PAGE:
November 30, 2021

BP is the first petrol station in South Africa to be given a liquor licence – and already faces calls for it to be blocked

The Southern African Alcohol Coverage Alliance South Africa (SAAPA SA) has known as for an instantaneous halt on the sale of alcohol at petrol station forecourt outlets.

The foyer group’s ire has been particularly directed at BP, which is the first gas retailer granted a liquor licence in South Africa.

In June 2021, BP in partnership with Choose n Pay, introduced plans to promote wine by means of its Choose n Pay Categorical forecourt comfort shops. The Choose n Pay Categorical retailer at BP Radiokop on Johannesburg’s the Westrand was the first to supply wine on its cabinets, with a deliberate rollout to different BP websites anticipated in the coming months.

BP has additionally indicated that it plans to permit door-to-door wine deliveries by means of its partnership with meals supply apps.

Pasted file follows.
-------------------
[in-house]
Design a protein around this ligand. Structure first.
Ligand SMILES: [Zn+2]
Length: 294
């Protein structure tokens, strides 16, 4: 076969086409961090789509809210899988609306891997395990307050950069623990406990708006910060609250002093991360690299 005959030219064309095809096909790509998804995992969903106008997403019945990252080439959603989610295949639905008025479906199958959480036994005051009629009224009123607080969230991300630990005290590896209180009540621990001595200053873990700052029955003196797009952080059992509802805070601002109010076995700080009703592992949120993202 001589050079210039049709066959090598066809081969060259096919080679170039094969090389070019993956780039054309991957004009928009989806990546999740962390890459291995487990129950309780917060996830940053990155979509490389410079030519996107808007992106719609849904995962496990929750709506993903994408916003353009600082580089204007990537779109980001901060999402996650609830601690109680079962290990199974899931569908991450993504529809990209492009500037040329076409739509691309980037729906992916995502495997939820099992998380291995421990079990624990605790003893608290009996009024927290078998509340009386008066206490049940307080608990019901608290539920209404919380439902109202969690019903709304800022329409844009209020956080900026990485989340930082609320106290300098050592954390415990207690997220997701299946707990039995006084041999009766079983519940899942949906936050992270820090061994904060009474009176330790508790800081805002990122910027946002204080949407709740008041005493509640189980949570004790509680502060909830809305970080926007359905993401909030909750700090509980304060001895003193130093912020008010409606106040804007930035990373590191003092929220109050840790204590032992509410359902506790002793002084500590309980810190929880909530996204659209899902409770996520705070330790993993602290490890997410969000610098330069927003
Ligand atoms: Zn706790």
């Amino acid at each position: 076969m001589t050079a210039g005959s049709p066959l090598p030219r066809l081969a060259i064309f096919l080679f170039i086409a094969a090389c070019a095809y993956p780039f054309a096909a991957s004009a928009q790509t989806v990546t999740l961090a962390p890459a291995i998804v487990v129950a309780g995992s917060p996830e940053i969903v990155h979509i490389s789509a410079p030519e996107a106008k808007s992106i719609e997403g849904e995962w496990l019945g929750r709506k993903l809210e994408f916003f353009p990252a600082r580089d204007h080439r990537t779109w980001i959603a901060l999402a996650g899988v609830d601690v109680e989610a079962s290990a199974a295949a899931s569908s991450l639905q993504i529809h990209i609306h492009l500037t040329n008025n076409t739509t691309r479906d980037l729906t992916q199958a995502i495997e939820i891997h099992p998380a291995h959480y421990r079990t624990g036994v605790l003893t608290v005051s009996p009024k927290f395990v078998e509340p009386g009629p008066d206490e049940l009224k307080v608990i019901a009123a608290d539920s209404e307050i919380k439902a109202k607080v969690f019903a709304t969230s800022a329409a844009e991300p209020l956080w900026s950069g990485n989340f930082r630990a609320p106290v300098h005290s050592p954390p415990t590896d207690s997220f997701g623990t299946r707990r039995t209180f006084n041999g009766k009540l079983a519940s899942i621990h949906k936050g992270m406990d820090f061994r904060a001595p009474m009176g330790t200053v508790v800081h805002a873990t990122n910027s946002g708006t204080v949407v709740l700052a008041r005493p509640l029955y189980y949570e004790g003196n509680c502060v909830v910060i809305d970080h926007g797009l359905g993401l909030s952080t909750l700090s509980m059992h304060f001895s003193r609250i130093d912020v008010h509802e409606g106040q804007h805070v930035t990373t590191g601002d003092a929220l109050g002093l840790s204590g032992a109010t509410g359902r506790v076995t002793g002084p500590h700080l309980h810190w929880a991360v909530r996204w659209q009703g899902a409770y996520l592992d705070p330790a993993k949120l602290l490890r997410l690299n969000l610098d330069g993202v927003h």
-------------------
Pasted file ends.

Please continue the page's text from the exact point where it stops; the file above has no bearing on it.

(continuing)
Nevertheless, SAAPA SA stated that permitting petrol stations to promote alcohol in South Africa is problematic – pointing to the newly-adopted Liquor Coverage of 2016 which recommends that premises connected to petrol stations shouldn’t be awarded liquor licences.

The long-awaited Liquor Modification Invoice of 2016 additionally particularly outlaws the granting of licences to such premises, the group stated.

“We have called on all Provincial Liquor Authorities to implement an immediate moratorium on the awarding of all such licenses,” stated SAAPA SA director Maurice Smithers.

“So the failure by the national Department of Trade, Industry and Competition (DTIC) to fast-track what were deemed by cabinet to be important and urgent amendments to the law has created the space for provinces to decide for themselves whether to award such licences.”

Smithers stated that there is a actual threat that permitting petrol stations to promote alcohol is additionally going to lead to a rise in drunk driving.

“It will serve to undermine the efforts of the Department of Transport to reduce alcohol-related traffic incidents through the Road Traffic Amendment Bill, which is currently being considered by parliament.”

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